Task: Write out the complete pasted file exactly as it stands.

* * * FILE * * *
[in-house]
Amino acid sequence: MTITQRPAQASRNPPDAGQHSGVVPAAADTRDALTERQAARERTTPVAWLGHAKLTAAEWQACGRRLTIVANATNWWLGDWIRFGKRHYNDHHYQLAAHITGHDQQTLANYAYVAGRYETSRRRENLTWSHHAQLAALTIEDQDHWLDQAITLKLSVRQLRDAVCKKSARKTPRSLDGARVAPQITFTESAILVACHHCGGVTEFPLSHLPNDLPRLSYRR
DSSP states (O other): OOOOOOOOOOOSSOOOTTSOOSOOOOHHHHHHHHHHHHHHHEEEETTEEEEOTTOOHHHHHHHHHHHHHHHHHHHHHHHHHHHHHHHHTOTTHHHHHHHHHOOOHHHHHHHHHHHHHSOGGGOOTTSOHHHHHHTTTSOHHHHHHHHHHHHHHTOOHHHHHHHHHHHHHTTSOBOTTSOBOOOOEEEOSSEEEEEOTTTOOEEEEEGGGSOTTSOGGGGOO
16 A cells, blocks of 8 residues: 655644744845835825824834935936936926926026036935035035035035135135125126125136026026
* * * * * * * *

[in-house]
Amino acid sequence: MTITQRPAQASRNPPDAGQHSGVVPAAADTRDALTERQAARERTTPVAWLGHAKLTAAEWQACGRRLTIVANATNWWLGDWIRFGKRHYNDHHYQLAAHITGHDQQTLANYAYVAGRYETSRRRENLTWSHHAQLAALTIEDQDHWLDQAITLKLSVRQLRDAVCKKSARKTPRSLDGARVAPQITFTESAILVACHHCGGVTEFPLSHLPNDLPRLSYRR
DSSP states (O other): OOOOOOOOOOOSSOOOTTSOOSOOOOHHHHHHHHHHHHHHHEEEETTEEEEOTTOOHHHHHHHHHHHHHHHHHHHHHHHHHHHHHHHHTOTTHHHHHHHHHOOOHHHHHHHHHHHHHSOGGGOOTTSOHHHHHHTTTSOHHHHHHHHHHHHHHTOOHHHHHHHHHHHHHTTSOBOTTSOBOOOOEEEOSSEEEEEOTTTOOEEEEEGGGSOTTSOGGGGOO
16 A cells, blocks of 8 residues: 655644744845835825824834935936936926926026036935035035035035135135125126125136026026